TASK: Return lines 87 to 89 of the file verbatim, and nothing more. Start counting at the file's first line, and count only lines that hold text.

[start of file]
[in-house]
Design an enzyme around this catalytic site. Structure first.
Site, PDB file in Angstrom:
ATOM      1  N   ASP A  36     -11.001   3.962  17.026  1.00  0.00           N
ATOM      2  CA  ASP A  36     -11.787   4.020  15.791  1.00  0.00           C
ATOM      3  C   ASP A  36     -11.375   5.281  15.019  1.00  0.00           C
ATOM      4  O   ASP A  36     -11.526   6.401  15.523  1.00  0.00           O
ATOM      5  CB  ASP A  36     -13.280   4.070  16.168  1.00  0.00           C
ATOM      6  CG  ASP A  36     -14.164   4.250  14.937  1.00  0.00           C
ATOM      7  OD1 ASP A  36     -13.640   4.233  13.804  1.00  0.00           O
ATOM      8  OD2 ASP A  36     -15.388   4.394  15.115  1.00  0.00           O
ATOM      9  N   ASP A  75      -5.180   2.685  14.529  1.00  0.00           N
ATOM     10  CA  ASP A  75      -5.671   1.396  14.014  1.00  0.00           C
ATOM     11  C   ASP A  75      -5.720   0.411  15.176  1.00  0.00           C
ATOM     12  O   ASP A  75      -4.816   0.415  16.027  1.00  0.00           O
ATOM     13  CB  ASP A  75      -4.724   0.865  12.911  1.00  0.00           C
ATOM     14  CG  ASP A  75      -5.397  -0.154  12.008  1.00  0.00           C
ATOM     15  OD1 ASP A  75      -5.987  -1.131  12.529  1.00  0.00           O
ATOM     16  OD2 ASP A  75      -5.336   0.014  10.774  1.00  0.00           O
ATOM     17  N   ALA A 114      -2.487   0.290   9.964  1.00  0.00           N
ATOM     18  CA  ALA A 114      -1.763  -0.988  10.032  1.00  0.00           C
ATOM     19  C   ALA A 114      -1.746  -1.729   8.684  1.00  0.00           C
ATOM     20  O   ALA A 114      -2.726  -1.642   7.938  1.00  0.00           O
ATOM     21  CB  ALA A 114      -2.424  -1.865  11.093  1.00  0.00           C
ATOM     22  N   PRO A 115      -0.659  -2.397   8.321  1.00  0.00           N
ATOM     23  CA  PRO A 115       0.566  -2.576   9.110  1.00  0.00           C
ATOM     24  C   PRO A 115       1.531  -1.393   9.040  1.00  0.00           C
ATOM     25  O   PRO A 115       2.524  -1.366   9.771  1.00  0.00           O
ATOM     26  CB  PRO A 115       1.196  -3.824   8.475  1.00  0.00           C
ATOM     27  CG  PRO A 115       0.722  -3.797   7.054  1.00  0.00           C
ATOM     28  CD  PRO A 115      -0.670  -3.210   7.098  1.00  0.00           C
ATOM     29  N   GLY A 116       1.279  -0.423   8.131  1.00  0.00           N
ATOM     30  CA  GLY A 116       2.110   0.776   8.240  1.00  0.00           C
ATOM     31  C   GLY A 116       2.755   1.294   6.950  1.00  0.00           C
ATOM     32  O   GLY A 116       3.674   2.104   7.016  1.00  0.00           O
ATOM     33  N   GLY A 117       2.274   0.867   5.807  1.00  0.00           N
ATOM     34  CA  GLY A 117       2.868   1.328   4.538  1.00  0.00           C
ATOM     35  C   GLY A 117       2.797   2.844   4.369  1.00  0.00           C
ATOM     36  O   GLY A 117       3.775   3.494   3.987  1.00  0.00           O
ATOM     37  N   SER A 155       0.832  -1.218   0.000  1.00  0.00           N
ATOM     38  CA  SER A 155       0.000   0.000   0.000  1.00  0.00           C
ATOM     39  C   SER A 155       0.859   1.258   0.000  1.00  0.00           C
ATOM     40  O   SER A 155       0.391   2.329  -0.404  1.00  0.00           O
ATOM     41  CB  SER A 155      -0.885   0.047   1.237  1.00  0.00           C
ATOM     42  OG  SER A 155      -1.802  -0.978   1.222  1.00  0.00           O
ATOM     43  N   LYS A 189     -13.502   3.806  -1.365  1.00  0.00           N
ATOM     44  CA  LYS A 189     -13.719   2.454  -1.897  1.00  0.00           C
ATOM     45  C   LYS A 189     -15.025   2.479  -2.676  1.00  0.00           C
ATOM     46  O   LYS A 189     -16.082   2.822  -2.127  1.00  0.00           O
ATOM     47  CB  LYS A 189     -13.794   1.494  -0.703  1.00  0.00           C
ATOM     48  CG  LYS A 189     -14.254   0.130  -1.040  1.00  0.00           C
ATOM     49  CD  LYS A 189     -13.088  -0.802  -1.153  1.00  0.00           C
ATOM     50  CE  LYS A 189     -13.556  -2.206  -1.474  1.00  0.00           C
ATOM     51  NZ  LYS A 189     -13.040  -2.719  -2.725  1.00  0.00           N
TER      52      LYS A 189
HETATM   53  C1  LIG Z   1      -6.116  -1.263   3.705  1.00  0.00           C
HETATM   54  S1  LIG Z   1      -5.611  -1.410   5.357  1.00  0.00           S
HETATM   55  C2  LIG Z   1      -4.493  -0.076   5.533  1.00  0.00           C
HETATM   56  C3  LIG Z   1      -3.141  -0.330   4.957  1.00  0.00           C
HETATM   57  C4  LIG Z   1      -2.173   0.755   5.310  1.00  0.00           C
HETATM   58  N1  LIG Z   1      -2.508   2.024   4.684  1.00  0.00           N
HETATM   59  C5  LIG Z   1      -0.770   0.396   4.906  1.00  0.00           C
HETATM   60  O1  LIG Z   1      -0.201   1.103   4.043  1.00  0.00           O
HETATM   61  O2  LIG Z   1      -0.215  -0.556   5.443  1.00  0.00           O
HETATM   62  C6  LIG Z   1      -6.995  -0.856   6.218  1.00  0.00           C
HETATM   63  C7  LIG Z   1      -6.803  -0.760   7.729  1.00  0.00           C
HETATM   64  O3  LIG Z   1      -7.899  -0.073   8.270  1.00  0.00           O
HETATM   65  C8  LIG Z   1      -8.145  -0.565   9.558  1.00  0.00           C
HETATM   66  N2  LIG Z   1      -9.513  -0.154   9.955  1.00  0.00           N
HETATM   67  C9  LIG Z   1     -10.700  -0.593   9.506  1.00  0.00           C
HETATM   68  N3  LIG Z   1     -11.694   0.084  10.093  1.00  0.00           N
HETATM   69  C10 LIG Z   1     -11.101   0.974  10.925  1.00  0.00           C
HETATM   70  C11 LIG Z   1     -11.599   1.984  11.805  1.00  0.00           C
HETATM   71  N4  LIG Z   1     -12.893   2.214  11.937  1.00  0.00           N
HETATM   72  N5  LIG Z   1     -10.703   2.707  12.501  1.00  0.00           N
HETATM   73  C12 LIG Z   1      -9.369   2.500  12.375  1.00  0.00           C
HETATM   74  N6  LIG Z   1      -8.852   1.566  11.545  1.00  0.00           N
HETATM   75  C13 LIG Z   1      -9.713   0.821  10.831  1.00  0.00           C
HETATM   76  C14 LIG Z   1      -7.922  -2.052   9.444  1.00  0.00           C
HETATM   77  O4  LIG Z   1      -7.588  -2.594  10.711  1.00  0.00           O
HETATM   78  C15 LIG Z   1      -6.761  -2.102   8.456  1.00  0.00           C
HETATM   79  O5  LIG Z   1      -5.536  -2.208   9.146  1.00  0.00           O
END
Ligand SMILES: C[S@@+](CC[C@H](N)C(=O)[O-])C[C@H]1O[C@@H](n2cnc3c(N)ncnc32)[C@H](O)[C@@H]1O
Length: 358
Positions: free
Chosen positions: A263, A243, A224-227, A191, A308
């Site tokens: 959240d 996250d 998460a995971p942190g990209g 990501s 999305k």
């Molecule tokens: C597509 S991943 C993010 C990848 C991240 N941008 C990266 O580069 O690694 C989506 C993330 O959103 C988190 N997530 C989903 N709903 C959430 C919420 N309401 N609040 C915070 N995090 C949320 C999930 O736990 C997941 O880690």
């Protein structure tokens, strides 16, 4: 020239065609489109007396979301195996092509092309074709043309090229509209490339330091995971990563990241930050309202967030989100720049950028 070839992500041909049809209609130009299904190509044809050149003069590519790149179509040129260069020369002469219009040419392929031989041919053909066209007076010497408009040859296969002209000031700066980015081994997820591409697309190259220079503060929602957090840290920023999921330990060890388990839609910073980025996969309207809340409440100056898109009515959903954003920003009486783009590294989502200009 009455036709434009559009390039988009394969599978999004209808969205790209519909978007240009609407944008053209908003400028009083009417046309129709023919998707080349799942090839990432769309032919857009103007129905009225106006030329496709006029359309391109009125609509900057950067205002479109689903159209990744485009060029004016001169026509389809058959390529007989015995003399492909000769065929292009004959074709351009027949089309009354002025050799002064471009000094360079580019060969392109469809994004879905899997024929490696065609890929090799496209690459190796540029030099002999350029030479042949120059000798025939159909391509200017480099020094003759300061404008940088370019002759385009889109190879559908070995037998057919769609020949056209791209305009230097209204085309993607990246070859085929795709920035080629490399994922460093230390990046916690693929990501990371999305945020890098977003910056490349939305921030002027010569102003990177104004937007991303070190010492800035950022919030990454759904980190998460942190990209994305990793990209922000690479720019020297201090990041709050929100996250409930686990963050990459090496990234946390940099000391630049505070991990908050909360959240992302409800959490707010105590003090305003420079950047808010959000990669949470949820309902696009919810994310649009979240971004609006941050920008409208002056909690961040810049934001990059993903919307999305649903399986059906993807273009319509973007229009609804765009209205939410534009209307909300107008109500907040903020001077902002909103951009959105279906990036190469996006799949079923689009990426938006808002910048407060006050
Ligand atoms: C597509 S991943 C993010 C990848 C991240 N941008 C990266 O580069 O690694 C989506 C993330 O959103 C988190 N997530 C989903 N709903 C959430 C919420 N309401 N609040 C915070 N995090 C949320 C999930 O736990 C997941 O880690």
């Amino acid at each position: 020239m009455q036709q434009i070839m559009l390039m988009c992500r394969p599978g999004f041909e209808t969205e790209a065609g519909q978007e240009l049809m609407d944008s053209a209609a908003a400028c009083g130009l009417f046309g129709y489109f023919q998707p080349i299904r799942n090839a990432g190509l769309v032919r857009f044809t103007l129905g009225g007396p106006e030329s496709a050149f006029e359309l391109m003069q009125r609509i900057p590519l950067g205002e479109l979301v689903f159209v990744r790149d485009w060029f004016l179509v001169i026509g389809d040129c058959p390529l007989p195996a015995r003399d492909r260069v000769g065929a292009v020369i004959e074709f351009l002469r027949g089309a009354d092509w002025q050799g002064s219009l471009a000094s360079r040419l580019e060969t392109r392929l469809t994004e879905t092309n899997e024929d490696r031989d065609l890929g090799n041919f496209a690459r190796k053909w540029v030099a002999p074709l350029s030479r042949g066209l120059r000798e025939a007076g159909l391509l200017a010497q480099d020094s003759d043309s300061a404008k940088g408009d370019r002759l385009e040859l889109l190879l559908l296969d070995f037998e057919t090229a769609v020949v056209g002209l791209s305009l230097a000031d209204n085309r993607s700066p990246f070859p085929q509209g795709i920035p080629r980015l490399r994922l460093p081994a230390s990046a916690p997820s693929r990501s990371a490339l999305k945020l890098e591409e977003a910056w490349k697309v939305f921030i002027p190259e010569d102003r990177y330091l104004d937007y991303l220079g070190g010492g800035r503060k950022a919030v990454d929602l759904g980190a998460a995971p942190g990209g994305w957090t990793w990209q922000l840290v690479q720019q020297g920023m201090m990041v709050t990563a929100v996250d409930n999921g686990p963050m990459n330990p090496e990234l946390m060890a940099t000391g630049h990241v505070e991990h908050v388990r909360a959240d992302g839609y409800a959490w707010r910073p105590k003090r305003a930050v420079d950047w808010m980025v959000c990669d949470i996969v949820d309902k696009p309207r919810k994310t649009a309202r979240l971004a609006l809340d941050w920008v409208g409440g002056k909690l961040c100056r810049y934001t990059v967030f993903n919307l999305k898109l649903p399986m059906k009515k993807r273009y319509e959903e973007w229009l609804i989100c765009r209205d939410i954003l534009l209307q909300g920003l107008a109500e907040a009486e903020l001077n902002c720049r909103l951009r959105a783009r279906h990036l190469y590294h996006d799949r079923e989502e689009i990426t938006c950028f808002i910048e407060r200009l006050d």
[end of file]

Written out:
Chosen positions: A263, A243, A224-227, A191, A308
């Site tokens: 959240d 996250d 998460a995971p942190g990209g 990501s 999305k």
């Molecule tokens: C597509 S991943 C993010 C990848 C991240 N941008 C990266 O580069 O690694 C989506 C993330 O959103 C988190 N997530 C989903 N709903 C959430 C919420 N309401 N609040 C915070 N995090 C949320 C999930 O736990 C997941 O880690």